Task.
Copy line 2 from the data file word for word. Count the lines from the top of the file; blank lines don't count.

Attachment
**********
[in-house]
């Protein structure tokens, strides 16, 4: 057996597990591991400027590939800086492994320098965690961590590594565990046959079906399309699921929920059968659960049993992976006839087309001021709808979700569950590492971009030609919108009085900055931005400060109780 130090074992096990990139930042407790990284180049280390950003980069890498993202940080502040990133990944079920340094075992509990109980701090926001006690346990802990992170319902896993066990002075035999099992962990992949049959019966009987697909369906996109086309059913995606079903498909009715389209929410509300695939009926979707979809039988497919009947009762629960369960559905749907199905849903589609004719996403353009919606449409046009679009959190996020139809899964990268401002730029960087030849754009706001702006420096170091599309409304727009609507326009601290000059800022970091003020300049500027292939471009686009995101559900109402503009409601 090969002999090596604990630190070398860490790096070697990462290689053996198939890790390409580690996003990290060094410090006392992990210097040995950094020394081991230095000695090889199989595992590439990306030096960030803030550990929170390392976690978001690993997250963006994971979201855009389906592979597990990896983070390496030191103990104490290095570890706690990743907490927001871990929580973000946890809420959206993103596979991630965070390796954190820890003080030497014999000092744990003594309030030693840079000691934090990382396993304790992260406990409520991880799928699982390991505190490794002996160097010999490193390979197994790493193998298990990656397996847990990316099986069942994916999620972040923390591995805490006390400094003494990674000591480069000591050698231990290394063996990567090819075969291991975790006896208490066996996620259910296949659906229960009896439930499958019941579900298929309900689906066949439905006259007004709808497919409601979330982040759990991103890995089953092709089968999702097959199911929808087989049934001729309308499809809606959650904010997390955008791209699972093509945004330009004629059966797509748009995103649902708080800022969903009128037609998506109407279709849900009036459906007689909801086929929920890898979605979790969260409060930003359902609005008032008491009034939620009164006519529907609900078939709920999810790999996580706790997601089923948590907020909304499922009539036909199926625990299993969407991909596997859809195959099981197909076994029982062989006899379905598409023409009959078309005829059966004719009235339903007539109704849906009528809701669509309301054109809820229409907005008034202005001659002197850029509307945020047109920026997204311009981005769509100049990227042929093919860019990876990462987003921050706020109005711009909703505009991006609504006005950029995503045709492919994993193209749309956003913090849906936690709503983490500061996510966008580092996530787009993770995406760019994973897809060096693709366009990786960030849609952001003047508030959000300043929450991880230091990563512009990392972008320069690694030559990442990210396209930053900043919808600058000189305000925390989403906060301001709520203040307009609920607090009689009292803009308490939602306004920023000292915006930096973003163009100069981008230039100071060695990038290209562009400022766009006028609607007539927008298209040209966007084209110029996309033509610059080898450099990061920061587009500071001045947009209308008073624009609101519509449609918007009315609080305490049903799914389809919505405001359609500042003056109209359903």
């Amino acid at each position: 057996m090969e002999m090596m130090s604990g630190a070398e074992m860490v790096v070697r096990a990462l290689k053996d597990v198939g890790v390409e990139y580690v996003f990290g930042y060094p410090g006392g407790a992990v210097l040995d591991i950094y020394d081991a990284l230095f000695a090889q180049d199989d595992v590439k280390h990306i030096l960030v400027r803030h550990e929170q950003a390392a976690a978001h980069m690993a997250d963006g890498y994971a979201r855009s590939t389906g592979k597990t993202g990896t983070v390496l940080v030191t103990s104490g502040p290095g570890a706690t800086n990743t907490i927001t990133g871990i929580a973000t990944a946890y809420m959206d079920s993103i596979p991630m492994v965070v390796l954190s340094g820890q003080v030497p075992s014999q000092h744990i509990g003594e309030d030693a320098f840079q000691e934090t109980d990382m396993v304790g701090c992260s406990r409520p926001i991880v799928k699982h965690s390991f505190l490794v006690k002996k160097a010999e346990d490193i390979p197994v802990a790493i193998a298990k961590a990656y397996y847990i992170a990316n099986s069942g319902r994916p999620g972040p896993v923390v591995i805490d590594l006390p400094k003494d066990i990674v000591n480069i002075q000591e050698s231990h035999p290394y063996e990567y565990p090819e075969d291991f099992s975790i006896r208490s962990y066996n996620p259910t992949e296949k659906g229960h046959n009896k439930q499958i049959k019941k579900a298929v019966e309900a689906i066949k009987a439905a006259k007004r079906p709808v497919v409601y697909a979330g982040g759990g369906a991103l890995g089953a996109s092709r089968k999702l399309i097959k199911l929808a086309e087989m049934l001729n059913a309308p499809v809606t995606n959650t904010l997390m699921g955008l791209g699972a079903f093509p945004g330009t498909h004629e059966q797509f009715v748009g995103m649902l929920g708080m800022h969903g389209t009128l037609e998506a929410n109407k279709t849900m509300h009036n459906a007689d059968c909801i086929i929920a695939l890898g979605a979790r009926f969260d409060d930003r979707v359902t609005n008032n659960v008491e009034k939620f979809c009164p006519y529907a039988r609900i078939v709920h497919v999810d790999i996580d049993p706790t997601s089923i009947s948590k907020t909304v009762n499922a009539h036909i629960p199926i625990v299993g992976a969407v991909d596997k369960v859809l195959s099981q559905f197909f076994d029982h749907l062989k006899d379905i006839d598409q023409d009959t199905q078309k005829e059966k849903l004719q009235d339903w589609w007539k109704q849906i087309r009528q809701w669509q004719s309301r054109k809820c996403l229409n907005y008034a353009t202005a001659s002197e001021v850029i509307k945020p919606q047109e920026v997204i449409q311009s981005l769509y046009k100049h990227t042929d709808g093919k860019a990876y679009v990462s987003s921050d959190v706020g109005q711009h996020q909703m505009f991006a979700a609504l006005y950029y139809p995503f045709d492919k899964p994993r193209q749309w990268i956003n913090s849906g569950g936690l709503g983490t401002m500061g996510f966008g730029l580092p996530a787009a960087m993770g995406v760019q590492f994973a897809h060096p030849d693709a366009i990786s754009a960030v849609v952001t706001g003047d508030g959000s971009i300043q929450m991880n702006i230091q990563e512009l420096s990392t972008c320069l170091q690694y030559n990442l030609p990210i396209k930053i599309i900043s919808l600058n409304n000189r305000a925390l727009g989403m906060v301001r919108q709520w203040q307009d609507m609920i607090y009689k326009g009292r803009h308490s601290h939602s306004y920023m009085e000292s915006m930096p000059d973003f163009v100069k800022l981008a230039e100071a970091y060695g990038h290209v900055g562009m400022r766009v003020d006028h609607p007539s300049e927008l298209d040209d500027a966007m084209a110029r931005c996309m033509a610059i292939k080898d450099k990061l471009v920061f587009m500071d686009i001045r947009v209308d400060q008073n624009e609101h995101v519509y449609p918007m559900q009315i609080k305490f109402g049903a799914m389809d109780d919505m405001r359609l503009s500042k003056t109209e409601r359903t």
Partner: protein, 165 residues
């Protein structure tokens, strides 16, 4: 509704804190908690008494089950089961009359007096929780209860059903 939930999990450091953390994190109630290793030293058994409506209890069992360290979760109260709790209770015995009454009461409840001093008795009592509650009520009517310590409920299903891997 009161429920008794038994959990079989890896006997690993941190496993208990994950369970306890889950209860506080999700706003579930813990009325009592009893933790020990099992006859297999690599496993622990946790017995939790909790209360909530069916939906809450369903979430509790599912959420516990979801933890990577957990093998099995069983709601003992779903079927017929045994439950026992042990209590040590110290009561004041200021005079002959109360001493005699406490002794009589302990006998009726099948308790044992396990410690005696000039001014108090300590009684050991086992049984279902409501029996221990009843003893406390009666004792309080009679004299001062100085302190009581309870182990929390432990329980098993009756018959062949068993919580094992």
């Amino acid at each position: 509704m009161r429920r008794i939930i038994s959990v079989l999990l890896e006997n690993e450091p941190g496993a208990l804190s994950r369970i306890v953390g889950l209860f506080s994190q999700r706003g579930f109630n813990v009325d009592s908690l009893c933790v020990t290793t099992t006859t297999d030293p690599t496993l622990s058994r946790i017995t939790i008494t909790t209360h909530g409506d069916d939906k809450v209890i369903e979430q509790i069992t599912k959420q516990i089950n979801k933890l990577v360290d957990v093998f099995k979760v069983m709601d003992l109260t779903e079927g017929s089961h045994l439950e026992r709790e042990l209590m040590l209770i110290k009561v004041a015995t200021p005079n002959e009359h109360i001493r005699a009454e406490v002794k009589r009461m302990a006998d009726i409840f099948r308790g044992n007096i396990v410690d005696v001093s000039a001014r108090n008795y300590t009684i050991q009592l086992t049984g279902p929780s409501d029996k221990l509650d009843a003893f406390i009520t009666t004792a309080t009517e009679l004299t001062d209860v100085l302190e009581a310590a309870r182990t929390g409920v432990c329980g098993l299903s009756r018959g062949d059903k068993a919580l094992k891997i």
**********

């Protein structure tokens, strides 16, 4: 057996597990591991400027590939800086492994320098965690961590590594565990046959079906399309699921929920059968659960049993992976006839087309001021709808979700569950590492971009030609919108009085900055931005400060109780 130090074992096990990139930042407790990284180049280390950003980069890498993202940080502040990133990944079920340094075992509990109980701090926001006690346990802990992170319902896993066990002075035999099992962990992949049959019966009987697909369906996109086309059913995606079903498909009715389209929410509300695939009926979707979809039988497919009947009762629960369960559905749907199905849903589609004719996403353009919606449409046009679009959190996020139809899964990268401002730029960087030849754009706001702006420096170091599309409304727009609507326009601290000059800022970091003020300049500027292939471009686009995101559900109402503009409601 090969002999090596604990630190070398860490790096070697990462290689053996198939890790390409580690996003990290060094410090006392992990210097040995950094020394081991230095000695090889199989595992590439990306030096960030803030550990929170390392976690978001690993997250963006994971979201855009389906592979597990990896983070390496030191103990104490290095570890706690990743907490927001871990929580973000946890809420959206993103596979991630965070390796954190820890003080030497014999000092744990003594309030030693840079000691934090990382396993304790992260406990409520991880799928699982390991505190490794002996160097010999490193390979197994790493193998298990990656397996847990990316099986069942994916999620972040923390591995805490006390400094003494990674000591480069000591050698231990290394063996990567090819075969291991975790006896208490066996996620259910296949659906229960009896439930499958019941579900298929309900689906066949439905006259007004709808497919409601979330982040759990991103890995089953092709089968999702097959199911929808087989049934001729309308499809809606959650904010997390955008791209699972093509945004330009004629059966797509748009995103649902708080800022969903009128037609998506109407279709849900009036459906007689909801086929929920890898979605979790969260409060930003359902609005008032008491009034939620009164006519529907609900078939709920999810790999996580706790997601089923948590907020909304499922009539036909199926625990299993969407991909596997859809195959099981197909076994029982062989006899379905598409023409009959078309005829059966004719009235339903007539109704849906009528809701669509309301054109809820229409907005008034202005001659002197850029509307945020047109920026997204311009981005769509100049990227042929093919860019990876990462987003921050706020109005711009909703505009991006609504006005950029995503045709492919994993193209749309956003913090849906936690709503983490500061996510966008580092996530787009993770995406760019994973897809060096693709366009990786960030849609952001003047508030959000300043929450991880230091990563512009990392972008320069690694030559990442990210396209930053900043919808600058000189305000925390989403906060301001709520203040307009609920607090009689009292803009308490939602306004920023000292915006930096973003163009100069981008230039100071060695990038290209562009400022766009006028609607007539927008298209040209966007084209110029996309033509610059080898450099990061920061587009500071001045947009209308008073624009609101519509449609918007009315609080305490049903799914389809919505405001359609500042003056109209359903």